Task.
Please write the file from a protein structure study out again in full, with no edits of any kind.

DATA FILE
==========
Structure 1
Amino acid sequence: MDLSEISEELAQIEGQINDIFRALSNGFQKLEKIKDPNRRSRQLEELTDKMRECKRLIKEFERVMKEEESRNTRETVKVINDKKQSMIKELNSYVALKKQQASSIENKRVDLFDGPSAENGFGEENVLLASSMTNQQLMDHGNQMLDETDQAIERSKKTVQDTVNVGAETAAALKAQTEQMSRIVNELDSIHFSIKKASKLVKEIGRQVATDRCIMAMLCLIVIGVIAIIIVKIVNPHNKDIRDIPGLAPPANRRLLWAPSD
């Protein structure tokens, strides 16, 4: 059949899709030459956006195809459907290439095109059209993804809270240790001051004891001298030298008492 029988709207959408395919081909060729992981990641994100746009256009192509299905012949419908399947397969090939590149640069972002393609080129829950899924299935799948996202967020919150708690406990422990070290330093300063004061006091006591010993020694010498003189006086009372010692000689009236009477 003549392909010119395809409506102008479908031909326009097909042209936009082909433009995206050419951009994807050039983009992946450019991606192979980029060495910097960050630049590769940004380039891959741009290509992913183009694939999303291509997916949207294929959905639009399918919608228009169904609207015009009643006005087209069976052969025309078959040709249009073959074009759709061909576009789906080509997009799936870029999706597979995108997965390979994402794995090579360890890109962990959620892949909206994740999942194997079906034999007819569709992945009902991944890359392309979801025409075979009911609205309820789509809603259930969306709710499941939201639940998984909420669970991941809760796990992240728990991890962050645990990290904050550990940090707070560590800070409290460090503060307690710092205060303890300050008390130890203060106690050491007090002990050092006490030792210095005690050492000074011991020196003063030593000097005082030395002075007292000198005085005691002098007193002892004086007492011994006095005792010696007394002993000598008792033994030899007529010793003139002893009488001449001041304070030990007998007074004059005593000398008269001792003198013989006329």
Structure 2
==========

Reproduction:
Structure 1
Amino acid sequence: MDLSEISEELAQIEGQINDIFRALSNGFQKLEKIKDPNRRSRQLEELTDKMRECKRLIKEFERVMKEEESRNTRETVKVINDKKQSMIKELNSYVALKKQQASSIENKRVDLFDGPSAENGFGEENVLLASSMTNQQLMDHGNQMLDETDQAIERSKKTVQDTVNVGAETAAALKAQTEQMSRIVNELDSIHFSIKKASKLVKEIGRQVATDRCIMAMLCLIVIGVIAIIIVKIVNPHNKDIRDIPGLAPPANRRLLWAPSD
């Protein structure tokens, strides 16, 4: 059949899709030459956006195809459907290439095109059209993804809270240790001051004891001298030298008492 029988709207959408395919081909060729992981990641994100746009256009192509299905012949419908399947397969090939590149640069972002393609080129829950899924299935799948996202967020919150708690406990422990070290330093300063004061006091006591010993020694010498003189006086009372010692000689009236009477 003549392909010119395809409506102008479908031909326009097909042209936009082909433009995206050419951009994807050039983009992946450019991606192979980029060495910097960050630049590769940004380039891959741009290509992913183009694939999303291509997916949207294929959905639009399918919608228009169904609207015009009643006005087209069976052969025309078959040709249009073959074009759709061909576009789906080509997009799936870029999706597979995108997965390979994402794995090579360890890109962990959620892949909206994740999942194997079906034999007819569709992945009902991944890359392309979801025409075979009911609205309820789509809603259930969306709710499941939201639940998984909420669970991941809760796990992240728990991890962050645990990290904050550990940090707070560590800070409290460090503060307690710092205060303890300050008390130890203060106690050491007090002990050092006490030792210095005690050492000074011991020196003063030593000097005082030395002075007292000198005085005691002098007193002892004086007492011994006095005792010696007394002993000598008792033994030899007529010793003139002893009488001449001041304070030990007998007074004059005593000398008269001792003198013989006329």
Structure 2